Sens. Steve Daines and Jon Tester are part of a bipartisan group of federal lawmakers hoping to find a home for the “Lost 74,” a group of U.S. sailors who died in 1969 when their ship collided with an Australian vessel in a training exercise off the coast of Vietnam.
The two signed a Sept. 9 letter to the Armed Services committees in the House and Senate asking that the names of the sailors be included on the Vietnam Veterans Memorial wall.
This includes William Fields, who grew up in Great Falls, who served as a seaman apprentice aboard the U.S.S. Frank E. Evans. He and the names of the other sailors killed have been omitted so far, because the incident took place outside of the conflict zone, officials said.
Daines, a Republican and Tester, a Democrat, said they should be honored regardless.
“Montana is home to thousands of brave men and women who served our nation, and to those who have paid the ultimate price for our freedom. They should be properly recognized,” Daines said in an email. “From Great Falls, Montana, William Fields served this nation in Vietnam, and it’s long overdue he receives the proper recognition for that service.”
Tester, ranking member of the Senate Veterans’ Affairs Committee, threw his support behind the bill in May.
“Young sailors like William Fields made the ultimate sacrifice 50 years ago protecting the freedoms we enjoy today,” he said in an email. “Now, it is time to honor these sailors on behalf of an eternally grateful nation. We must properly commemorate William and other Vietnam War heroes like him, by ensuring their names are never forgotten.”
The Evans, a destroyer named after a brigadier general of the U.S. Marine Corps, and the HMAS Melbourne, a Majestic-class light aircraft carrier of the Royal Australian Navy, collided June 3, 1969. The Evans sailed under Melbourne’s bow, where it was cut in two and sank into the South China Sea at about 3 a.m. There were 199 survivors from the Evans.
In the letter, the eight senators ask lawmakers to include Senate Bill 849 in the National Defense Authorization Act, which would add the names of 74 sailors to the Vietnam Memorial wall who died off the coast of Vietnam in a training accident outside of the conflict zone.
“While hundreds of names have been added since it was built, the memorial still does not include the ‘Lost 74,’” the lawmakers wrote.
According to the U.S.S. Frank E. Evans Association, William Donald Fields was born Dec. 25, 1950, in Great Falls. He was the son of Jack and Lucy Fields and had a sister named Teresa. He went to boot camp in San Diego and was a seaman apprentice.
“William grew up in the Montana countryside and enjoyed ranching,” the posting states.
“He enjoyed working with stained glass windows and was involved with youth leadership.”
The website states Jack Fields was in the Air Force and the family moved to Sacramento.
Fields reported on board the U.S.S. Frank E. Evans 17 days prior to the fatal collision. He was 18 when he died.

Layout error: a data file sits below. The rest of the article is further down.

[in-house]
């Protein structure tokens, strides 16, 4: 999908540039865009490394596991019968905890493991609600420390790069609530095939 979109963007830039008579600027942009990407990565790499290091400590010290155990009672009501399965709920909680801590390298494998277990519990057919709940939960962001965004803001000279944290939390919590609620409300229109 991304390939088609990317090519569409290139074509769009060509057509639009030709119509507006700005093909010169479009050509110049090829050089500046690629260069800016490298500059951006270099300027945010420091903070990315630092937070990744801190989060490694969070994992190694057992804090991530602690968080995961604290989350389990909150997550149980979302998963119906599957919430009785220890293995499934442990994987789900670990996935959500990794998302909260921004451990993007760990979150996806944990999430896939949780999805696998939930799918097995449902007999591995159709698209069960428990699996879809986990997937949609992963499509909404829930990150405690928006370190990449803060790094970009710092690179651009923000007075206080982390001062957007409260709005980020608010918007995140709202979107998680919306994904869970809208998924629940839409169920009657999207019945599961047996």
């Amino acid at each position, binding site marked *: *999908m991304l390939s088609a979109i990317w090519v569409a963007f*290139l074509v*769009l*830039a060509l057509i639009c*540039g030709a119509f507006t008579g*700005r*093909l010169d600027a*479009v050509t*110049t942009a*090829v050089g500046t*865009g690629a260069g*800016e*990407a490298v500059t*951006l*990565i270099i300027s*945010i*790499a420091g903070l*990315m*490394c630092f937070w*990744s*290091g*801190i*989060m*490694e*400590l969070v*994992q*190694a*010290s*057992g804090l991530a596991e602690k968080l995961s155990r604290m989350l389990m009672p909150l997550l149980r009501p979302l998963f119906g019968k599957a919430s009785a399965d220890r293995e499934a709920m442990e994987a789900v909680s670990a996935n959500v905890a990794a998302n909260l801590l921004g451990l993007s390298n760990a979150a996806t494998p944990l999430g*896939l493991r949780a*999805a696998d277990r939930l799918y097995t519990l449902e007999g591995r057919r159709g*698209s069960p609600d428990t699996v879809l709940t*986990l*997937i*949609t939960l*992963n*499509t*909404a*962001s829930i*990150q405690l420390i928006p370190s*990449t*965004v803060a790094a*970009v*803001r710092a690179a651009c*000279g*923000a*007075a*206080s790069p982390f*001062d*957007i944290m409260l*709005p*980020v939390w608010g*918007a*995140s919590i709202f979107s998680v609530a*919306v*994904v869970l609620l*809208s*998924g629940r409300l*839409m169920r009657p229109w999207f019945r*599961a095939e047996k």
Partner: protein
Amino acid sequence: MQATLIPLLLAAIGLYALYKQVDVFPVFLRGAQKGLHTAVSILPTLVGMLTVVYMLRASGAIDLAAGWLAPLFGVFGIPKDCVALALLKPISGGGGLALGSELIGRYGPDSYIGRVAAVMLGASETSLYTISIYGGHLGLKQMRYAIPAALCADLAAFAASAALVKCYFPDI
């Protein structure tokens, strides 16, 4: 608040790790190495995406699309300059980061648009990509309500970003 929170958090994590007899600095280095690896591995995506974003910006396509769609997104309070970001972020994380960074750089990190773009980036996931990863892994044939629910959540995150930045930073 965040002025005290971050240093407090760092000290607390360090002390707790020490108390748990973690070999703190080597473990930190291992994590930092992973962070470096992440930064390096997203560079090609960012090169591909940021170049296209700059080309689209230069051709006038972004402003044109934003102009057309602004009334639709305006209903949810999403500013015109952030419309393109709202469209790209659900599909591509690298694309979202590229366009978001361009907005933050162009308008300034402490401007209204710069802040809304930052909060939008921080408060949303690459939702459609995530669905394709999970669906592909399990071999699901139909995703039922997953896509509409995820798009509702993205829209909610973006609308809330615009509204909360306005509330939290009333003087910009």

“While the incident occurred about 100 miles outside of the official combat zone, the ship and a majority of the deceased sailors had previously provided naval gunfire off the coast of Vietnam, including during the Tet Offensive,” the senators wrote.
“This marks 50 years since we lost these 74 sailors,” the senators wrote. “Honoring their service is already long overdue, but what better way to commemorate their sacrifice than to see their names added. Now is the time. Just ask the nearly 60,000 people who died in Vietnam, these 74 left home to give their country their all, and they did not return. We respectfully request that Section 1094 remain in the final conference text so the ‘Lost 74’ are lost no more.”
One of the people who hopes to see the names added to the wall is Steve Kraus, president and chairman of the U.S.S. Frank E. Evans Association, which has 280 members consisting of survivors of the deadly crash, the families of victims and survivors and others interested in history.
He said much of the group’s time has been in dealing with the bureaucracy in Washington, D.C.
“(The names) should have been done without any thought a long time ago,” he said in a telephone interview from his California home. “This is just something that was automatic and a no-brainer and now it takes the Senate and Congress to get the Department of Defense to do the right thing.”
Kraus, 74, is a survivor and said he is one of the few witnesses to the crash.
He said he was a signalman on watch and tried to warn the pilothouse as the Melbourne approached. He said it happened fast. He said the collision haunts him every now and then.
“You see flashbacks and you see things,” he said. “You challenge yourself” as to whether some things happened if memories change with time.
Kraus said among the dead were three brothers from Nebraska.
He said he did not know Fields, but met his sister, Teresa, several years ago. He said she died in 2016. Kraus said the 74 came from 27 states and stones have been put in those states in their honor. He said Fields’ stone is in Bremerton, Washington, because he was living there at the time he enlisted.
Kraus said it will bring relief when the names are finally added to the wall.
“I’d only hoped this would have happened way before all parents passed away,” he said.